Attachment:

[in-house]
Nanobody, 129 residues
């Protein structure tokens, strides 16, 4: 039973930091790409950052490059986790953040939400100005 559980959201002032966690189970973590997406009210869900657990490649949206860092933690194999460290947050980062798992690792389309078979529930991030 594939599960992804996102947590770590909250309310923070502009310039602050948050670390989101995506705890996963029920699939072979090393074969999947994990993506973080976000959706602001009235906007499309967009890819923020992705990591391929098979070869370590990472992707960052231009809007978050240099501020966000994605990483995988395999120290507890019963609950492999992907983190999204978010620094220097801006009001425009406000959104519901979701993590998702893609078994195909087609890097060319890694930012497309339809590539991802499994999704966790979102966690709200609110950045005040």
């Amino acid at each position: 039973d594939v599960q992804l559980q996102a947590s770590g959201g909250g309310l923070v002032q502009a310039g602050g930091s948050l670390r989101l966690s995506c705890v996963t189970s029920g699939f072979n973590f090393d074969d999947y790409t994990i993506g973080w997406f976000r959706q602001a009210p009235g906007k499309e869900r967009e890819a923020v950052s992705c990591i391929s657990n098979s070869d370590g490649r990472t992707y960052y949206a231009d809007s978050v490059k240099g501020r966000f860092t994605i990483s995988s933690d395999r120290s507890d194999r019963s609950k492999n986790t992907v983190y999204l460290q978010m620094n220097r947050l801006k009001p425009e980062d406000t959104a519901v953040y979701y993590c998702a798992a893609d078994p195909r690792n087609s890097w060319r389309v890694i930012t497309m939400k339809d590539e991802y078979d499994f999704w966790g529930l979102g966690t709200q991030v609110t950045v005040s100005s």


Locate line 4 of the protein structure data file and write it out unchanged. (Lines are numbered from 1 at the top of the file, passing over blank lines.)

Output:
């Amino acid at each position: 039973d594939v599960q992804l559980q996102a947590s770590g959201g909250g309310l923070v002032q502009a310039g602050g930091s948050l670390r989101l966690s995506c705890v996963t189970s029920g699939f072979n973590f090393d074969d999947y790409t994990i993506g973080w997406f976000r959706q602001a009210p009235g906007k499309e869900r967009e890819a923020v950052s992705c990591i391929s657990n098979s070869d370590g490649r990472t992707y960052y949206a231009d809007s978050v490059k240099g501020r966000f860092t994605i990483s995988s933690d395999r120290s507890d194999r019963s609950k492999n986790t992907v983190y999204l460290q978010m620094n220097r947050l801006k009001p425009e980062d406000t959104a519901v953040y979701y993590c998702a798992a893609d078994p195909r690792n087609s890097w060319r389309v890694i930012t497309m939400k339809d590539e991802y078979d499994f999704w966790g529930l979102g966690t709200q991030v609110t950045v005040s100005s």